Every adult child has that one Christmas present that they remember the most. I got mine the Christmas of 1992. It was a 1:4 model kit for a V6 Turbo Engine.
My parents had an ulterior motive for giving me this gift. I was taking my first 7th-grade shop class. In shop, we were learning about the internal combustion engine, and I had become fascinated and that is a dangerous thing for me. My inclination has always been to get stuck on things in which I become interested. If there is some sort of attention disorder that is like A-D-D and O-C-D all rolled into one, then I have it.
Long story short, prior to getting the model for Christmas, I had completely dismantled our family’s push mower. After attempting to reassemble it, there were a plethora of parts left over. My dad was furious. He did not understand that I was just wanting to see the inner-workings of an engine for myself, that the pictures in my textbook were not satisfying my curiosity. I wanted to study the pistons, valves, and cylinders in three dimensions. Getting me the model for Christmas probably saved all the small engines in our garage from utter destruction.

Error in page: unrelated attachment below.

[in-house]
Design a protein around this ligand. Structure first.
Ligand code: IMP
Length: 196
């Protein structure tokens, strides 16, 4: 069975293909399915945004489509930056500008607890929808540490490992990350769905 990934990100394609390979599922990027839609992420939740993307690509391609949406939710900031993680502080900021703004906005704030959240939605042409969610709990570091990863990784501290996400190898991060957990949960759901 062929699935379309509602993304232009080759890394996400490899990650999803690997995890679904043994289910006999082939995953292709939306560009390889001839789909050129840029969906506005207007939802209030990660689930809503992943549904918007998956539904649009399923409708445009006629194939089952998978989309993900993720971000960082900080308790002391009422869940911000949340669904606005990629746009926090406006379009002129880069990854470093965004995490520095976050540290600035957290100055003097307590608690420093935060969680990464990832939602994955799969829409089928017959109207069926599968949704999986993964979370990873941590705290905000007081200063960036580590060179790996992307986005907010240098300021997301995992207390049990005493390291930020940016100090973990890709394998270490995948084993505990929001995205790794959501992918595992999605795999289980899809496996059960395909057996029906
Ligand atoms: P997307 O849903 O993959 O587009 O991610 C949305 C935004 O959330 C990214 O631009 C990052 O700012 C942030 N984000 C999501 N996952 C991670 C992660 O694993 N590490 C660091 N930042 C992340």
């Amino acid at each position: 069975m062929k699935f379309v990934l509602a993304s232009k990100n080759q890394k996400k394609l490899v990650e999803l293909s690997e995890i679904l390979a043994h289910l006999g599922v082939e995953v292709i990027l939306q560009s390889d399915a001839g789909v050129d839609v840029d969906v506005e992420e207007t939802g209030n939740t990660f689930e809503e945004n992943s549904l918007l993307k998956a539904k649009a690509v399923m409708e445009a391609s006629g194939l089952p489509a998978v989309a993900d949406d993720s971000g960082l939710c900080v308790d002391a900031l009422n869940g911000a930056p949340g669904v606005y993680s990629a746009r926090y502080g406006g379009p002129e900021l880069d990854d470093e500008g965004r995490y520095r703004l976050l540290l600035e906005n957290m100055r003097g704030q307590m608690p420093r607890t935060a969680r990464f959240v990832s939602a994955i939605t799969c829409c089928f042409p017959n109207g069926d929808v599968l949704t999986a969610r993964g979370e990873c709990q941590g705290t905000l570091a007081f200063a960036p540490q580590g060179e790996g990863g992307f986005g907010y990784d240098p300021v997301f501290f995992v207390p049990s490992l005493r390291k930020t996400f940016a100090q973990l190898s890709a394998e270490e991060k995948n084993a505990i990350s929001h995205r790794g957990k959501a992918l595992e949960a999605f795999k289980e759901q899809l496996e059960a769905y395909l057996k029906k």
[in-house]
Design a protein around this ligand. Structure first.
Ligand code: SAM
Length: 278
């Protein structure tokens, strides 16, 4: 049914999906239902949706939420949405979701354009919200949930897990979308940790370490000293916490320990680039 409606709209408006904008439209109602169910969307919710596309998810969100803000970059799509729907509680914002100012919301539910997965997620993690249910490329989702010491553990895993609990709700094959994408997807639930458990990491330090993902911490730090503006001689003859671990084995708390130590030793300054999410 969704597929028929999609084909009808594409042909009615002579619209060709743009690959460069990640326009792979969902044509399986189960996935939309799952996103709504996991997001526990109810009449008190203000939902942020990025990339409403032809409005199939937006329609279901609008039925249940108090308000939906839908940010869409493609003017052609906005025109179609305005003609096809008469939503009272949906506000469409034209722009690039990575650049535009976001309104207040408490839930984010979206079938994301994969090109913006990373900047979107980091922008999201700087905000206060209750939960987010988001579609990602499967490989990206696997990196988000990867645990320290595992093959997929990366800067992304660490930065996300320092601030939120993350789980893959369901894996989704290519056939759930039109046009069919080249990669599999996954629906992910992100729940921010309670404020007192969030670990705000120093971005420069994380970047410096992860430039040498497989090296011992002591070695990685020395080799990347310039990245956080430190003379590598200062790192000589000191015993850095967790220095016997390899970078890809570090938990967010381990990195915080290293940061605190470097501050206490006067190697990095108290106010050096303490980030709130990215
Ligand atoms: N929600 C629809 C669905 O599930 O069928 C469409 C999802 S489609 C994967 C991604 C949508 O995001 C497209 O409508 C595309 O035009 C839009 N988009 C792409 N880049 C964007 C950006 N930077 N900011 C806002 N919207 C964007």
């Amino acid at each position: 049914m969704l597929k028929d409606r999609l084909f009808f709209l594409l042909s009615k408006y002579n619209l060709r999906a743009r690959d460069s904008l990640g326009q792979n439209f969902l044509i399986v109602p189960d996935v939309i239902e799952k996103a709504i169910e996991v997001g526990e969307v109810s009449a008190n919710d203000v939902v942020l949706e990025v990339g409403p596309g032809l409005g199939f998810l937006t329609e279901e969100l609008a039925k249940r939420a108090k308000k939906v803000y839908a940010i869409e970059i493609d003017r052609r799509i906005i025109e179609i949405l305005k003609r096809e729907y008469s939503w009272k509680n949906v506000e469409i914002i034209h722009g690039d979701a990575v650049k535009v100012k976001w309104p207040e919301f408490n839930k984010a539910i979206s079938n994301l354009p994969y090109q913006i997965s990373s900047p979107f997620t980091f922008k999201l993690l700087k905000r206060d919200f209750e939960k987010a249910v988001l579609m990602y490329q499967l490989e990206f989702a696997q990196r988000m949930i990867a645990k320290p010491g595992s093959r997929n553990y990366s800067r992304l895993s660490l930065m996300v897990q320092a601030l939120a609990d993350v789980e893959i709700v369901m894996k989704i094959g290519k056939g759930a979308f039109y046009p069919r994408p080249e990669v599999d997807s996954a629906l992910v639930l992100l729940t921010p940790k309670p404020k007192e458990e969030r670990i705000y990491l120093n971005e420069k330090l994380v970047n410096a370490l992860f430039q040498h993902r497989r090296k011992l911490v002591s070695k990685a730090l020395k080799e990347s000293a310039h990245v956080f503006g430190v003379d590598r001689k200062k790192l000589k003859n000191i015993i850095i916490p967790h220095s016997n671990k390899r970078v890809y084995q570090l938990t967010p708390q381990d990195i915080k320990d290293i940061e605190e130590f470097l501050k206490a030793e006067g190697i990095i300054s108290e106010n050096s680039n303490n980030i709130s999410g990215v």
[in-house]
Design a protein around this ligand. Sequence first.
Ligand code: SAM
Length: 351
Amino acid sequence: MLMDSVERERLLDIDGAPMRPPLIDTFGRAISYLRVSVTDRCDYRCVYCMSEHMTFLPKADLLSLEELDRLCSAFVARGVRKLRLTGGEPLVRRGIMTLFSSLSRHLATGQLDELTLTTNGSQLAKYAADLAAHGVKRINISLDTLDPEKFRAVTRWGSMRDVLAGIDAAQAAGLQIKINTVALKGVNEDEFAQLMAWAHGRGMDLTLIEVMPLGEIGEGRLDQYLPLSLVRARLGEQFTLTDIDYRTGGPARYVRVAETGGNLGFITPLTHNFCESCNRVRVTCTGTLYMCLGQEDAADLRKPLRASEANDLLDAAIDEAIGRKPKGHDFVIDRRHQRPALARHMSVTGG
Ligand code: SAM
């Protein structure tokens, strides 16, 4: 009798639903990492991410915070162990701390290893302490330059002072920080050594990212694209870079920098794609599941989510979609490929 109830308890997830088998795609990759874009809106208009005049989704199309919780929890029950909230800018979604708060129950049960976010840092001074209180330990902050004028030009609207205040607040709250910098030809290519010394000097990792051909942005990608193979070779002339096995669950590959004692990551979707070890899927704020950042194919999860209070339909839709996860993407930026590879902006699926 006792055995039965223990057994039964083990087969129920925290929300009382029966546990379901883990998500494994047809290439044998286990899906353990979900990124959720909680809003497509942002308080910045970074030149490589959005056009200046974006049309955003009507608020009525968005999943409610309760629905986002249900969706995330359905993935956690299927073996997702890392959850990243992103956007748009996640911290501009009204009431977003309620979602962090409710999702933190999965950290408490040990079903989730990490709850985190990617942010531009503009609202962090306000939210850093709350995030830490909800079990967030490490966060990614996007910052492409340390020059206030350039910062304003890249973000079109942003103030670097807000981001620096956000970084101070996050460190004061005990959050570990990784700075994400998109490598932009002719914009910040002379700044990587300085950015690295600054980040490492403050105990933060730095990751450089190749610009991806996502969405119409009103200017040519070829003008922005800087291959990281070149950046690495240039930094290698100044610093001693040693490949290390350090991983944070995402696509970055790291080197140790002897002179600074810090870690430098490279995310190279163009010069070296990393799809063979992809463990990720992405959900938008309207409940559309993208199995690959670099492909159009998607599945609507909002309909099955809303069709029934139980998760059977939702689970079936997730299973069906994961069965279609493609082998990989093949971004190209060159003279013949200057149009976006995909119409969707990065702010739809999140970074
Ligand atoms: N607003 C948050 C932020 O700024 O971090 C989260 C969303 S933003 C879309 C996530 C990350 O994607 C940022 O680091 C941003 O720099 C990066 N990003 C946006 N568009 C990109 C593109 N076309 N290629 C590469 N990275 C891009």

I was fascinated with my gift. As I assembled the model, I got to see all the parts and how they fit and work together. Once assembled, it also had a handle that I could crank that turned the crankshaft and put all the parts in motion. The model engine block was see-through plastic so that I could see the pistons moving through the four cycles, intake-combustion-power-exhaust, and I could see the lifters pushing the valves in and out. At last, my curiosity was satisfied because I had an exact interactive copy of the object of my interest.